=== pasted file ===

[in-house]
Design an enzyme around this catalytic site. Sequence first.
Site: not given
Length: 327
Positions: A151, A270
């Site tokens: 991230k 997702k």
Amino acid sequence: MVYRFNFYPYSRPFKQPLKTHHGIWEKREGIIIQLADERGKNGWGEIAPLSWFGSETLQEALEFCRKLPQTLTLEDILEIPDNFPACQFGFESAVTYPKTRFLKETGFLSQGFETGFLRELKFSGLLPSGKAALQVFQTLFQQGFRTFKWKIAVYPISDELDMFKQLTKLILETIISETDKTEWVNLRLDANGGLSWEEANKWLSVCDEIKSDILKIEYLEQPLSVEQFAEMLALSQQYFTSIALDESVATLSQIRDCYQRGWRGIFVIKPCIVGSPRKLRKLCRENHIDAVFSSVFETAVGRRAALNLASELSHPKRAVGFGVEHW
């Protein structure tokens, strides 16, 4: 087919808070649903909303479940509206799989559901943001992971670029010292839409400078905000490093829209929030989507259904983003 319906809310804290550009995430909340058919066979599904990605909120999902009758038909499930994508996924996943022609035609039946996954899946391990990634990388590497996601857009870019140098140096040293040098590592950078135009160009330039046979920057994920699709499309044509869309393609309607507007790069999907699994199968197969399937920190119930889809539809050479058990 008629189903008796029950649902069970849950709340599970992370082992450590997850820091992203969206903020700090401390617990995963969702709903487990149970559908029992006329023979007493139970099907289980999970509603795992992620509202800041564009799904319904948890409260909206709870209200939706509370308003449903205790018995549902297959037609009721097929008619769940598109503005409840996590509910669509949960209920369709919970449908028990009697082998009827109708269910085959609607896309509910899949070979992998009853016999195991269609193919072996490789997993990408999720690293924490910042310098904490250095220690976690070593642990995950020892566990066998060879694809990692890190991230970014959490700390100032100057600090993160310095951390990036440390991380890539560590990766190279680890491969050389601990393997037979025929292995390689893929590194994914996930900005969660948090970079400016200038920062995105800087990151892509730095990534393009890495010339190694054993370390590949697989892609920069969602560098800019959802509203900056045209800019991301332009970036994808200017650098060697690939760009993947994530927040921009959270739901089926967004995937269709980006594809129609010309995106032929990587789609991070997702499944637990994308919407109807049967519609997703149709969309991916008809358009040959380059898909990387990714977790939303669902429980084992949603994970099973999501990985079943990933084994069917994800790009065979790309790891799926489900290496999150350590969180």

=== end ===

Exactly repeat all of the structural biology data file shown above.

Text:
[in-house]
Design an enzyme around this catalytic site. Sequence first.
Site: not given
Length: 327
Positions: A151, A270
């Site tokens: 991230k 997702k």
Amino acid sequence: MVYRFNFYPYSRPFKQPLKTHHGIWEKREGIIIQLADERGKNGWGEIAPLSWFGSETLQEALEFCRKLPQTLTLEDILEIPDNFPACQFGFESAVTYPKTRFLKETGFLSQGFETGFLRELKFSGLLPSGKAALQVFQTLFQQGFRTFKWKIAVYPISDELDMFKQLTKLILETIISETDKTEWVNLRLDANGGLSWEEANKWLSVCDEIKSDILKIEYLEQPLSVEQFAEMLALSQQYFTSIALDESVATLSQIRDCYQRGWRGIFVIKPCIVGSPRKLRKLCRENHIDAVFSSVFETAVGRRAALNLASELSHPKRAVGFGVEHW
């Protein structure tokens, strides 16, 4: 087919808070649903909303479940509206799989559901943001992971670029010292839409400078905000490093829209929030989507259904983003 319906809310804290550009995430909340058919066979599904990605909120999902009758038909499930994508996924996943022609035609039946996954899946391990990634990388590497996601857009870019140098140096040293040098590592950078135009160009330039046979920057994920699709499309044509869309393609309607507007790069999907699994199968197969399937920190119930889809539809050479058990 008629189903008796029950649902069970849950709340599970992370082992450590997850820091992203969206903020700090401390617990995963969702709903487990149970559908029992006329023979007493139970099907289980999970509603795992992620509202800041564009799904319904948890409260909206709870209200939706509370308003449903205790018995549902297959037609009721097929008619769940598109503005409840996590509910669509949960209920369709919970449908028990009697082998009827109708269910085959609607896309509910899949070979992998009853016999195991269609193919072996490789997993990408999720690293924490910042310098904490250095220690976690070593642990995950020892566990066998060879694809990692890190991230970014959490700390100032100057600090993160310095951390990036440390991380890539560590990766190279680890491969050389601990393997037979025929292995390689893929590194994914996930900005969660948090970079400016200038920062995105800087990151892509730095990534393009890495010339190694054993370390590949697989892609920069969602560098800019959802509203900056045209800019991301332009970036994808200017650098060697690939760009993947994530927040921009959270739901089926967004995937269709980006594809129609010309995106032929990587789609991070997702499944637990994308919407109807049967519609997703149709969309991916008809358009040959380059898909990387990714977790939303669902429980084992949603994970099973999501990985079943990933084994069917994800790009065979790309790891799926489900290496999150350590969180």